Monkey patching in Python
A monkey patch, as defined in wikipedia, is a way for a program to extend or modify supporting system software locally (affecting only the running instance of the program).
Why is monkey patching important? Because it allows us to adjust interfaces and modify behaviors for our classes and objects at runtime, making it easier to support (and patch) issues that arise with API changes between libraries.
To explain it clearer, we will use a concrete example. Using pyppeteer in python 3.5.2 is not supported, because the typings module does not contain the Coroutine class. It was later added, so python 3.5.6 supports it. However, ubuntu 16 is only shipped with python 3.5.2 by default.
In our case, we need to run the application in several servers, so we can either configure python to a different version than the default, or patch the application to support the version we have.
The error is simple and is present in pypeteer’s github. Python is unable to import the Coroutine class from the typings module.
In pypi, however, we can find a module that provides the definitions for the missing classes: typing extensions.
The idea behind monkey patching is to modify your modules at runtime, so the underlying logic does not notice that there were missing things. You patch everything as you go, to make sure that everything is in the state it needs to be when it is required. In this specific case, we inject the Coroutine class as follows:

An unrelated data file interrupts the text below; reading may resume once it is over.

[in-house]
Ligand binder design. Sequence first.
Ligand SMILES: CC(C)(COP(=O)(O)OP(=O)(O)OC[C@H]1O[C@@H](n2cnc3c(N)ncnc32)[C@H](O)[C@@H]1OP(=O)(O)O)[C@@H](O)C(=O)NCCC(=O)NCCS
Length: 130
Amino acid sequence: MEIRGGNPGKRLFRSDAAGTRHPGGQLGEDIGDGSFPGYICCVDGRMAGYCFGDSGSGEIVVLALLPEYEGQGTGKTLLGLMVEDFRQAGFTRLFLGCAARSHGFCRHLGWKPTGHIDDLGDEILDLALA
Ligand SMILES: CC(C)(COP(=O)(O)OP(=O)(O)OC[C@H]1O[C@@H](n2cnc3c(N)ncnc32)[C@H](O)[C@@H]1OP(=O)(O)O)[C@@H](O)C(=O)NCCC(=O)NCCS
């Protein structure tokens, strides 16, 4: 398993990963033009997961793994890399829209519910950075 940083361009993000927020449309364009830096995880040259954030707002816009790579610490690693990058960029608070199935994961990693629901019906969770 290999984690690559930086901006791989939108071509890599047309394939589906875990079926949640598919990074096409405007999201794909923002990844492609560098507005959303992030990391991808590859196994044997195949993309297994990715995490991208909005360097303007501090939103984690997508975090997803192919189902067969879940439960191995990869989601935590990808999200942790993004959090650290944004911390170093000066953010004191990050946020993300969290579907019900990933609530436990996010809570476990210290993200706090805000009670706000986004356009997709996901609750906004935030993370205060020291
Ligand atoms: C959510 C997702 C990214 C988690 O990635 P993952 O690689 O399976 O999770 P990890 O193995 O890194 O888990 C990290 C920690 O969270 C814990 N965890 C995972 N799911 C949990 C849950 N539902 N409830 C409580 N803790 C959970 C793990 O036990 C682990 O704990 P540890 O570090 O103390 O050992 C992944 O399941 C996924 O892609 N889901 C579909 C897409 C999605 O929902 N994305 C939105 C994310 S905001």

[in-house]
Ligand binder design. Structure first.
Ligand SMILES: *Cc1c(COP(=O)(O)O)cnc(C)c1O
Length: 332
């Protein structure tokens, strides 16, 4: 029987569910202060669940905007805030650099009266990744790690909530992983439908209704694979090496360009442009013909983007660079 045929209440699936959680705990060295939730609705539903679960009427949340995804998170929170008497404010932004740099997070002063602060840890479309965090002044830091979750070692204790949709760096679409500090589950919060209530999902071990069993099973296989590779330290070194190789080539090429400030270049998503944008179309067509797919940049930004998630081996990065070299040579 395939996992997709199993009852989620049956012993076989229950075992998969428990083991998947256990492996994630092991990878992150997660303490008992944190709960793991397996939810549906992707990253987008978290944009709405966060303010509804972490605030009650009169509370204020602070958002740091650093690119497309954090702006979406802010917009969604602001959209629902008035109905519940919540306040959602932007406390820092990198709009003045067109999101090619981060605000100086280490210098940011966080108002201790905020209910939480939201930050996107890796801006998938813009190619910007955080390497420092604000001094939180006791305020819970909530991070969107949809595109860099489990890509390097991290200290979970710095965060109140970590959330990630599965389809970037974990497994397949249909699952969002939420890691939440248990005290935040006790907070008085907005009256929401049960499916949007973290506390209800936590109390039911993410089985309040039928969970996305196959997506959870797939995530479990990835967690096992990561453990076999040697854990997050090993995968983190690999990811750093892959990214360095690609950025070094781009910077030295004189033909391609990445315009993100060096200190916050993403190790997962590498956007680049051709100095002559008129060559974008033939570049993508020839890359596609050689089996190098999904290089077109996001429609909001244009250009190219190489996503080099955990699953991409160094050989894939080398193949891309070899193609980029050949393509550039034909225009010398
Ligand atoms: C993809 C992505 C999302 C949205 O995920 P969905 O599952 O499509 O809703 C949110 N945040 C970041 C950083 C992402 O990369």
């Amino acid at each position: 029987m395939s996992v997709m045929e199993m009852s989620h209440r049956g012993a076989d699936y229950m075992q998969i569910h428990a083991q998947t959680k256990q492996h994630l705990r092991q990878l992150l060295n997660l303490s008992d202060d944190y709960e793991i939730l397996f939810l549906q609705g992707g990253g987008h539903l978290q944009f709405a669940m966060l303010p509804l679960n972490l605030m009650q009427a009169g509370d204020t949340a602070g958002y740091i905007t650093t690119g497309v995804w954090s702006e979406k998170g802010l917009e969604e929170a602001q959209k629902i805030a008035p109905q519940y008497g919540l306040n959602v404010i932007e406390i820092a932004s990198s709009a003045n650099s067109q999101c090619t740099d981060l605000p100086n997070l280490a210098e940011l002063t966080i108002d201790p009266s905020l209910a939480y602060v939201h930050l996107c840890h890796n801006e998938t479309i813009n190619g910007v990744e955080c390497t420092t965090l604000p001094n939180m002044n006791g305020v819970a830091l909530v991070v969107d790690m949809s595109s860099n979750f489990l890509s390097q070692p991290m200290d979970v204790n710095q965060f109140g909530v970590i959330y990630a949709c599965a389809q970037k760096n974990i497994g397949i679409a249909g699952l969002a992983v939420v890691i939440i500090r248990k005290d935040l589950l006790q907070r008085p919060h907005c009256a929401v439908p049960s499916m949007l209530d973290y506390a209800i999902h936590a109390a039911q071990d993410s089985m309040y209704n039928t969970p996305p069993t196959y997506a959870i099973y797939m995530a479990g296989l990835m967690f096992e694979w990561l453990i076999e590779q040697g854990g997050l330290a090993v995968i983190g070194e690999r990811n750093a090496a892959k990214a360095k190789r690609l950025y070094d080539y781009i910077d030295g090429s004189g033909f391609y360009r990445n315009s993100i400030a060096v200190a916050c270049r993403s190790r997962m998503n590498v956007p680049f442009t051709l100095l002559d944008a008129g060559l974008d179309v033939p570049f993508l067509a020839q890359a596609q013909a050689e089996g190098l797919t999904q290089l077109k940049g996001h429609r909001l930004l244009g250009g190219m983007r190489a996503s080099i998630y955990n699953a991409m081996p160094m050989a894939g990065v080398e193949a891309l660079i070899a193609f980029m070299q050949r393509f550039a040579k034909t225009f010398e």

try: from pyppeteer import launch except ImportError: from typing_extensions import Coroutine typing.Coroutine = Coroutine from pyppeteer import launch
The code is pretty straightforward. We try to import the module that does not support python 3.5.2. This will fail. In this case we catch the error, import the class that we need, and put it inside the typings module. Once we do that, we will be able to import the module we originally wanted to, because now the module has its component defined.
This can be seen as something “hacky”, and indeed it is. We are attaching foreign elements to the module just to be able to run under some circumstances. This should be avoided whenever possible. Explicitly coding your classes and modules to behave as they should is the best way to go.
However, there are valid cases where a simple monkey patch can save you a lot of effort to support edge cases. This is yet another useful tool to have in your belt when you have to attack a problem… use it wisely.